Thursday, April 20, 2017

News from Ontario's electricity bureaucracies, and more

A news day at Ontario's Electricity System Operator (IESO) and its nominal sector regulator, the Ontario Energy Board (OEB). 

The most anticipated news came from the OEB's announcement of rates to be introduced for May 1st. From the Regulated Price Plan Price Report | May 1, 2017 to April 30, 2018
...the OEB has historically included a portion of significant price changes that may occur in the forecast period because of the smoothing benefits for customers. [emphasis added]
In keeping with this practice, the OEB has considered it appropriate in this price setting to take into account a portion of the estimated impact of the government’s proposed Fair Hydro Plan. The OEB has done this by way of a reduction in the forecast amount of the Global Adjustment of approximately $1B, which represents 50% of RPP consumers’ estimated portion of the proposed refinancing of the Global Adjustment.
There's a lot of questionable assumption, some conflicting with other OEB practices, in this paragraph - but jumping to what will be of immediate concern to those only interested in immediate concerns...

The forecast average price prior to the OEB considering new government interference is $114.90 per megawatt-hour (MWh), or 11.49 cents per kilowatt-hour (kWh), which is up about 3% from a year earlier (roughly the inflation rate). For sketchy reasons the OEB has reduced that average rate to $97.62/MWh (15%), reflecting their anticipation of what could comprise the government's boot the cost down the road (BCDR) plan  - also known by the government's spin as the Fair Hydro Plan.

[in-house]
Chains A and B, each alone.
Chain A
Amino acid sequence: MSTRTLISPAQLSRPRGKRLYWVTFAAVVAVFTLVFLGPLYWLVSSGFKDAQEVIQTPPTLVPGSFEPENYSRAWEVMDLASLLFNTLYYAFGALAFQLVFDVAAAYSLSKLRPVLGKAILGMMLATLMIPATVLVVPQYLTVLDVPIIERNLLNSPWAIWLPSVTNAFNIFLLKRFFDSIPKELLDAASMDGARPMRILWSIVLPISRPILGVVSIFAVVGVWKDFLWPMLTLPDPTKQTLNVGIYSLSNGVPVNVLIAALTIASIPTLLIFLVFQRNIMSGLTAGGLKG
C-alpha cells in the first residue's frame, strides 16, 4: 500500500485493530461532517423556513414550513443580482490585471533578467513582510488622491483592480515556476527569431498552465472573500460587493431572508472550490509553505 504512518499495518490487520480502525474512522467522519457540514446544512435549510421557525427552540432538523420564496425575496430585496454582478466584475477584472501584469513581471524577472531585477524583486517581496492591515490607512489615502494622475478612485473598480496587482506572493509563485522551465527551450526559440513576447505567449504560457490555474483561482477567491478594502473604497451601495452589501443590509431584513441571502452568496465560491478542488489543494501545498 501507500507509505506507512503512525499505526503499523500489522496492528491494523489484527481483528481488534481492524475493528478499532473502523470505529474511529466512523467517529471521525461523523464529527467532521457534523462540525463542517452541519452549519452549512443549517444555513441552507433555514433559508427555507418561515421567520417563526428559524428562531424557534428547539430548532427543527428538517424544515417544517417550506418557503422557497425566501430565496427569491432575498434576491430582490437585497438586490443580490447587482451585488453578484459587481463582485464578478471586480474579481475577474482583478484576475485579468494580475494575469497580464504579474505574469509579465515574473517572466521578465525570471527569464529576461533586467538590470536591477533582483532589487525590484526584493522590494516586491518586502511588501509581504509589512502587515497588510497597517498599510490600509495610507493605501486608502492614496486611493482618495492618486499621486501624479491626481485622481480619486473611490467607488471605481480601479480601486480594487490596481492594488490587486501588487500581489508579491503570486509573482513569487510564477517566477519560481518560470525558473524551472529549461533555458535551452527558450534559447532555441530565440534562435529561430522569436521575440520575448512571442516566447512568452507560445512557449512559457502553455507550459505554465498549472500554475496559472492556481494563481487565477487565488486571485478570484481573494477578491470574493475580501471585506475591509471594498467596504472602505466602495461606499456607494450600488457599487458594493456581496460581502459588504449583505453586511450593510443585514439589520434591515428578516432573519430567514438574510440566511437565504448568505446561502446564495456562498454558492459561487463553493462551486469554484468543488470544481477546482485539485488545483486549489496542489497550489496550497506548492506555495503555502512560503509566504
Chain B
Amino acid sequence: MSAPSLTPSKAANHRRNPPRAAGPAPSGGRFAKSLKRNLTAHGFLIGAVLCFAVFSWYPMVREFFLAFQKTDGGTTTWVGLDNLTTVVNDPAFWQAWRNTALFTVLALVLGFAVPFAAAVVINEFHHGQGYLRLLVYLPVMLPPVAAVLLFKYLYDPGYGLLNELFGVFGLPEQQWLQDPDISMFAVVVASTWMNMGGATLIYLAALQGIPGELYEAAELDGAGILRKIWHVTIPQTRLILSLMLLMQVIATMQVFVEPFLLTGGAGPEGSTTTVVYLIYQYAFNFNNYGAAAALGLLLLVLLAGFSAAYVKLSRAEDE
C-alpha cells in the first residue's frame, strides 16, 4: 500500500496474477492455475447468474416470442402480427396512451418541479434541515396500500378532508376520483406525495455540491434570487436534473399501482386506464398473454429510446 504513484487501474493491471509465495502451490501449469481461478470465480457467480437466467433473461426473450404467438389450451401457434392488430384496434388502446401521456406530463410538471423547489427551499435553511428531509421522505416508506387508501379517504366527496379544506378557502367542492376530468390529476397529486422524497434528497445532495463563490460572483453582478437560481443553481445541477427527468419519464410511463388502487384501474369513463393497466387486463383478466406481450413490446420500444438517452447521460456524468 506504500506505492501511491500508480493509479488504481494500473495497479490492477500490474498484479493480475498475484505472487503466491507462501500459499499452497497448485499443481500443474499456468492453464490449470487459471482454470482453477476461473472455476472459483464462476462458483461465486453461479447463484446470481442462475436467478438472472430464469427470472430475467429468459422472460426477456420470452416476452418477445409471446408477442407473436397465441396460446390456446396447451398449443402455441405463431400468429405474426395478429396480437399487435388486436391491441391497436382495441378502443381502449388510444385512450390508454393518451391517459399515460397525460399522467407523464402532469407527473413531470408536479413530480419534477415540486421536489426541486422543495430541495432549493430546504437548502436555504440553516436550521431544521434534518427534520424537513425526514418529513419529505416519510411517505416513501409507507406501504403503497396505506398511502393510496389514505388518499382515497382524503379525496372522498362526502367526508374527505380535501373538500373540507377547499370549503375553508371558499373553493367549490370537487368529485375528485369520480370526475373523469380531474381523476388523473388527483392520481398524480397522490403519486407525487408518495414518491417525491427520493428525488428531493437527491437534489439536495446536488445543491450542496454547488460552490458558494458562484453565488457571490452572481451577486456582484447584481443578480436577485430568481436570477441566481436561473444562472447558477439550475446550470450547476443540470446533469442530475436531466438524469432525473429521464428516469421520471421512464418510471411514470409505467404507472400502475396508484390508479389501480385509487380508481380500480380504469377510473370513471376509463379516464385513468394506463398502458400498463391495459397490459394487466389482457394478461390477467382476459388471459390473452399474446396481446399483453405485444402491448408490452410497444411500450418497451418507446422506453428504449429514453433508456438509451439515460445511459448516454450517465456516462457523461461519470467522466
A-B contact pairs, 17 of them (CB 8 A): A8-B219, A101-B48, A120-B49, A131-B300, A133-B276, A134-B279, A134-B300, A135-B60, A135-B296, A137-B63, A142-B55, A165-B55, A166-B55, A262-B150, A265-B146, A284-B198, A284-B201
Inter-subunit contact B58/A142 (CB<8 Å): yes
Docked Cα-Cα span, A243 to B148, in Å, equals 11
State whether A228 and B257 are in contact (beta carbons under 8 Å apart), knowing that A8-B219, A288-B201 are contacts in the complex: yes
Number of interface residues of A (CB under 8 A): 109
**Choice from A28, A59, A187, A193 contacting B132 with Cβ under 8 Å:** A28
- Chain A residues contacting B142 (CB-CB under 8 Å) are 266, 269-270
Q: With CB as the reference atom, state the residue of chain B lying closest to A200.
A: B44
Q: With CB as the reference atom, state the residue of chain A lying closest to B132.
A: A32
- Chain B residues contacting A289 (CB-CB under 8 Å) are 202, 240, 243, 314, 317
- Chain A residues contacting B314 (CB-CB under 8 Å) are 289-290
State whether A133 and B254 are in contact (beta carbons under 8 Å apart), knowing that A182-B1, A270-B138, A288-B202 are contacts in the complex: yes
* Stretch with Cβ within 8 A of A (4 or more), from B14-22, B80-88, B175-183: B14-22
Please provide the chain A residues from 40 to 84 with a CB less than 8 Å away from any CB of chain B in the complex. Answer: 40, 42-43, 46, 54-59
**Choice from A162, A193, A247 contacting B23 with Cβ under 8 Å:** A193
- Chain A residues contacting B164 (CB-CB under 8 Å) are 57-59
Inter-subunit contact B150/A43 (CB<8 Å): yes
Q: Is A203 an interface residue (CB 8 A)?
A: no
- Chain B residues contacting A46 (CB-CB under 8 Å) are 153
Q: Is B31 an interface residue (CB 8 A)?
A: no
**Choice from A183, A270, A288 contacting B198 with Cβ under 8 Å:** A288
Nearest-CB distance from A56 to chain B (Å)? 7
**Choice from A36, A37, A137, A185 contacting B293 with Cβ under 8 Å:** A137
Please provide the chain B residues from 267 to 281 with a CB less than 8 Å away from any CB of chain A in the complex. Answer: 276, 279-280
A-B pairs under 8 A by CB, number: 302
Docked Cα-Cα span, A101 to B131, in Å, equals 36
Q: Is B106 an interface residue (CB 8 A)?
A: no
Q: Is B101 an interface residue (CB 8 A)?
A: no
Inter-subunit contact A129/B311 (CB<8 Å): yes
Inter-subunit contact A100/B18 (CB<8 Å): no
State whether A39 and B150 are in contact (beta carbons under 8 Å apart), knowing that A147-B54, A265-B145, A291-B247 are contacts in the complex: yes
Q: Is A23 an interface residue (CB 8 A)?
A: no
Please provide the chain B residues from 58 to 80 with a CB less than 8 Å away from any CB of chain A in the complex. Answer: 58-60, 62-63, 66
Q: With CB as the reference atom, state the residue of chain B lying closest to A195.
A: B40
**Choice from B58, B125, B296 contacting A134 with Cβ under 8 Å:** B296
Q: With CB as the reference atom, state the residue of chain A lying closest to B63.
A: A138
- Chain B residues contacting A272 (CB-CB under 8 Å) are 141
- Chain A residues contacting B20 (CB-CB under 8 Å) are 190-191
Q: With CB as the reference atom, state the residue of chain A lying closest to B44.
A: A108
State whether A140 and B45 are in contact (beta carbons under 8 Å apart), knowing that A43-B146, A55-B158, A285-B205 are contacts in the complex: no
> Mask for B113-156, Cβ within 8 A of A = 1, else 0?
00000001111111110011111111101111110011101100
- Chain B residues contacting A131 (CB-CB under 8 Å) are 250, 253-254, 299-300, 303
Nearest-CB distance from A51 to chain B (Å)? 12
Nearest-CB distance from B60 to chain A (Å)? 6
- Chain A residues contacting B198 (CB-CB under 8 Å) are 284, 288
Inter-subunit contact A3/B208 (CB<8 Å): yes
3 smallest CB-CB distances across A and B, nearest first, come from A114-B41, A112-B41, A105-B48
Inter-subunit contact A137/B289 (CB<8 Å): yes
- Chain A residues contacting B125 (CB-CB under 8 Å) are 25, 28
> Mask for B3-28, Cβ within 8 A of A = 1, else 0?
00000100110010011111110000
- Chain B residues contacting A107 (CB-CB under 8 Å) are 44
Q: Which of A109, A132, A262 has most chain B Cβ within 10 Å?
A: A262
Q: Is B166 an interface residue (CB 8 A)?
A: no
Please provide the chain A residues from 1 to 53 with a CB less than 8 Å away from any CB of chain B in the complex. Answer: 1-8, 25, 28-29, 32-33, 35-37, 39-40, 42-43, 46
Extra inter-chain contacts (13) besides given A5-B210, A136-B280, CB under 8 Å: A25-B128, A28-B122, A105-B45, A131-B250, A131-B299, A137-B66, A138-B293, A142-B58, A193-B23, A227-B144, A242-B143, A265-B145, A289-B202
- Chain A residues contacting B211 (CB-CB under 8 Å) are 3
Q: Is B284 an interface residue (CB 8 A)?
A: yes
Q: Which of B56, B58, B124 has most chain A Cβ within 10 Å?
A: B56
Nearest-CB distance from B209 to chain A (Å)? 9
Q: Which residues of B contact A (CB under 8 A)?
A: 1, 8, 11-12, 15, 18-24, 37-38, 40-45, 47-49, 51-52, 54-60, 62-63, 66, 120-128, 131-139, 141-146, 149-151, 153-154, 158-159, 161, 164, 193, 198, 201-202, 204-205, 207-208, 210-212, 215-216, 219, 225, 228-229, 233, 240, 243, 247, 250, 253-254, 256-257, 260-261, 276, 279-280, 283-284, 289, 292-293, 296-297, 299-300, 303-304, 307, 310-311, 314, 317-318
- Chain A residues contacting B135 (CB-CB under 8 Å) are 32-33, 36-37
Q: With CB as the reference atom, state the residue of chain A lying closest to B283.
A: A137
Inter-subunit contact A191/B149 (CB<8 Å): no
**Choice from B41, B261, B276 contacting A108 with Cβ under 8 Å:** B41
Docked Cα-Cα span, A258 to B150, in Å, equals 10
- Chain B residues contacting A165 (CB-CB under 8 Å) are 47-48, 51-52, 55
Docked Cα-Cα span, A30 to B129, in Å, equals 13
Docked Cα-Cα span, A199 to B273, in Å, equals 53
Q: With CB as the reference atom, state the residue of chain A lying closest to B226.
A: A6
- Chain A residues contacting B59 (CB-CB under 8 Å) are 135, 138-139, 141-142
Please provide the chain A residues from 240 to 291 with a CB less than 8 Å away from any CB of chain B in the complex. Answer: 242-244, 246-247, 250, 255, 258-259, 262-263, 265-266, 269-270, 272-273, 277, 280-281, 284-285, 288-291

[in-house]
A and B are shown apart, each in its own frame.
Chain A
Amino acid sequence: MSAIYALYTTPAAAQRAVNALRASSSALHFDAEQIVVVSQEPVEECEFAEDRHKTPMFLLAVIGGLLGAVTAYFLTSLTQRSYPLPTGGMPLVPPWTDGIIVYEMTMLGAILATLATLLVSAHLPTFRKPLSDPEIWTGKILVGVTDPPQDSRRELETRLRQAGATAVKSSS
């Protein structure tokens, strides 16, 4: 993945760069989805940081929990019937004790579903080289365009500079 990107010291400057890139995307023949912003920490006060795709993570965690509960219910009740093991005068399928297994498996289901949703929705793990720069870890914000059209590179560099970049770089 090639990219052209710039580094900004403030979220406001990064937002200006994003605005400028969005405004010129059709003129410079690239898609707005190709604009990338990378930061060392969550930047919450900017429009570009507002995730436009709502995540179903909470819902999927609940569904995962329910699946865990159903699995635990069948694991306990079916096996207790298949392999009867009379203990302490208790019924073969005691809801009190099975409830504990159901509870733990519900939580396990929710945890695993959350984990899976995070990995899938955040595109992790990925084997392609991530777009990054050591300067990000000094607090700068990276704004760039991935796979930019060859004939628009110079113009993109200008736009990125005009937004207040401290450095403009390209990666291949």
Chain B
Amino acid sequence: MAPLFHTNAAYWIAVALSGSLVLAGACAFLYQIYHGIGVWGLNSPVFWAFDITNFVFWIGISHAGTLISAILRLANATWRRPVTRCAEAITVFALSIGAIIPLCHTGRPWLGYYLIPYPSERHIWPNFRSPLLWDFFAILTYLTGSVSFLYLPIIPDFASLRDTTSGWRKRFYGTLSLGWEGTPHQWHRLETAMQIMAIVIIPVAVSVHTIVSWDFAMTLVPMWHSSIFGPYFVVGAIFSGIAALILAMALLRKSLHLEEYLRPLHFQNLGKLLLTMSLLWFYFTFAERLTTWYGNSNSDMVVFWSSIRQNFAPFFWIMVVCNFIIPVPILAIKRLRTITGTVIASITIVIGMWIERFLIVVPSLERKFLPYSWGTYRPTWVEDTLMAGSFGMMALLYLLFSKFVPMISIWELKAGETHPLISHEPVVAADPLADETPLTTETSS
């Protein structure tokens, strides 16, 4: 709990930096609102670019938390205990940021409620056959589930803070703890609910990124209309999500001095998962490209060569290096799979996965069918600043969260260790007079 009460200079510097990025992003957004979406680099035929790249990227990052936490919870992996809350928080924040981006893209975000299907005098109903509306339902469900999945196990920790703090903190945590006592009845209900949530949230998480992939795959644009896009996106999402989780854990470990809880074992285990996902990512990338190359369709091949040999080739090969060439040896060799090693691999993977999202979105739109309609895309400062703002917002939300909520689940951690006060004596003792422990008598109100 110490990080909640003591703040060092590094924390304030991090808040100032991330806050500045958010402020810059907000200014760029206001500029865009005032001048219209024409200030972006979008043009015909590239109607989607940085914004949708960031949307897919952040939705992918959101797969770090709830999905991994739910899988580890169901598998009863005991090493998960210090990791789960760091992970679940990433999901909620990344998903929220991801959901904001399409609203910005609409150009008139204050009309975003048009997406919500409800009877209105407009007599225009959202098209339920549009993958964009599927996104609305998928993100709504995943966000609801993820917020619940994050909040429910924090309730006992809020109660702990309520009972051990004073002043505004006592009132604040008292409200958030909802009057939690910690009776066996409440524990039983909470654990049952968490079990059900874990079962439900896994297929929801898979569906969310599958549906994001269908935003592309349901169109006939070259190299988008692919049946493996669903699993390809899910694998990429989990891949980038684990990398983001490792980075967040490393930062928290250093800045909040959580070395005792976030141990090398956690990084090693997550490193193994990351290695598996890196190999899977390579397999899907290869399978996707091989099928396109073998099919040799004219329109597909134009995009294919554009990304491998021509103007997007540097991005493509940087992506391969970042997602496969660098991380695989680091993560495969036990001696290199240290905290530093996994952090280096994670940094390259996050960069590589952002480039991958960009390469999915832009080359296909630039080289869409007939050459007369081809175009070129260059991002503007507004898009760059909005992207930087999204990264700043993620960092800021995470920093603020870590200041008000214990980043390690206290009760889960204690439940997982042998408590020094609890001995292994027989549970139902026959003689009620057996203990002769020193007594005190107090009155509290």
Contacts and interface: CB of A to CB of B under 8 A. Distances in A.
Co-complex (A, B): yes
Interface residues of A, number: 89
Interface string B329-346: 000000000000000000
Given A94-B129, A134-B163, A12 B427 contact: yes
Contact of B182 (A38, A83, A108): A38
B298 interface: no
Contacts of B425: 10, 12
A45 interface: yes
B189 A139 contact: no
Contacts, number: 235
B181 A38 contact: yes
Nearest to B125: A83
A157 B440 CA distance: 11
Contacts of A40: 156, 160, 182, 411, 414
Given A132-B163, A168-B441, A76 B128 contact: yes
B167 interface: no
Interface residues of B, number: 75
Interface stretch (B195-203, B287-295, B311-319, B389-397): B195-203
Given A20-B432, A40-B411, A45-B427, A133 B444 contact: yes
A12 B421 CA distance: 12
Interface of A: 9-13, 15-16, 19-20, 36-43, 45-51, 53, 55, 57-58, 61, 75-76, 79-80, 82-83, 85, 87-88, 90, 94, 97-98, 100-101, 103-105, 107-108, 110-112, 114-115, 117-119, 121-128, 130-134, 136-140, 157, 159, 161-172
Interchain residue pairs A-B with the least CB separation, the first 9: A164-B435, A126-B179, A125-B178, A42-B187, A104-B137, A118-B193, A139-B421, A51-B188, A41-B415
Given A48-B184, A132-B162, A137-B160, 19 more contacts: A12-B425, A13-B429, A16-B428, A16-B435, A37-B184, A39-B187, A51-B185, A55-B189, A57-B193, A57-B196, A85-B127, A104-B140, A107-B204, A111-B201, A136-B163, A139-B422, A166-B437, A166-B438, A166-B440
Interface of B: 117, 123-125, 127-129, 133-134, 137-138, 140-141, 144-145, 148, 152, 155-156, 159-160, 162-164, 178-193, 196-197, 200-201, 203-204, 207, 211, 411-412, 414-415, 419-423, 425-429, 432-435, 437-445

The 1.7 cent/kWh reduction the OEB is making is half the cut in bill mock-ups by big new local distribution company Alectra from the very day the government announced the BCDR policy. It was as if they knew what was coming. Coincidentally the IESO today announced Peter Gregg as its new President and Chief Executive Officer, noting "recently he was President of Alectra Energy Solutions."

Sunday, April 9, 2017

Tribes and Sustainability Assessments

There is a lot of news to note regarding energy, environment and politics. This blog attempts to note such things on the assumption knowledge was important. Today it's probably more important to note that assumption is highly questionable. Hopefully I can write entertainingly so as to get readers through to the ridiculous conclusion of this post on sustainability science -ishness, and disposal of nuclear waste.

Some very quick background before discussing the fall-out from two reports put out over the past week from bodies attached to the federal Ministry of the Environment and Climate Change.

Canada's second Prime Minister Trudeau reportedly hand-picked Marlo Raynolds, a former head of the Pembina Institute (an industrial wind lobbying organization that has historically marketed itself as an environment organization), to be the head of staff for the lawyer, Catherine McKenna, appointed Minister on Environment and Climate Change. It would be hard to find two individuals to better characterize the stereotypical image of an "environmentalist" imagined by the all-important affluent, urban voter.